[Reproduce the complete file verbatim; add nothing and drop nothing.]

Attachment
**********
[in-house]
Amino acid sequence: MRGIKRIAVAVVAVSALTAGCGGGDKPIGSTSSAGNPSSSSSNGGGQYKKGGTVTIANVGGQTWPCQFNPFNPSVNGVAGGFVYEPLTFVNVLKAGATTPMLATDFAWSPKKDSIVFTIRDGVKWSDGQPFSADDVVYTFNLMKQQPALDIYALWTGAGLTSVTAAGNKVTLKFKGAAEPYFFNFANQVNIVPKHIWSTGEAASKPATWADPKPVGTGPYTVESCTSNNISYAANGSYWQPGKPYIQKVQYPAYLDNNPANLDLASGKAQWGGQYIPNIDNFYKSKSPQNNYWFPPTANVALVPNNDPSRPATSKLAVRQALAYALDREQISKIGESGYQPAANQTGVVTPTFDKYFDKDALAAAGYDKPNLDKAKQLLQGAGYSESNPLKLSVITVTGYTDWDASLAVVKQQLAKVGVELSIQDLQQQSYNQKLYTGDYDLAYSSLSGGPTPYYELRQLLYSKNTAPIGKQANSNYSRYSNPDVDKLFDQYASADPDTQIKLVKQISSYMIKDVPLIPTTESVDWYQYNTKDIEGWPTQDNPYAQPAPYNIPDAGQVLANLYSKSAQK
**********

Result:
[in-house]
Amino acid sequence: MRGIKRIAVAVVAVSALTAGCGGGDKPIGSTSSAGNPSSSSSNGGGQYKKGGTVTIANVGGQTWPCQFNPFNPSVNGVAGGFVYEPLTFVNVLKAGATTPMLATDFAWSPKKDSIVFTIRDGVKWSDGQPFSADDVVYTFNLMKQQPALDIYALWTGAGLTSVTAAGNKVTLKFKGAAEPYFFNFANQVNIVPKHIWSTGEAASKPATWADPKPVGTGPYTVESCTSNNISYAANGSYWQPGKPYIQKVQYPAYLDNNPANLDLASGKAQWGGQYIPNIDNFYKSKSPQNNYWFPPTANVALVPNNDPSRPATSKLAVRQALAYALDREQISKIGESGYQPAANQTGVVTPTFDKYFDKDALAAAGYDKPNLDKAKQLLQGAGYSESNPLKLSVITVTGYTDWDASLAVVKQQLAKVGVELSIQDLQQQSYNQKLYTGDYDLAYSSLSGGPTPYYELRQLLYSKNTAPIGKQANSNYSRYSNPDVDKLFDQYASADPDTQIKLVKQISSYMIKDVPLIPTTESVDWYQYNTKDIEGWPTQDNPYAQPAPYNIPDAGQVLANLYSKSAQK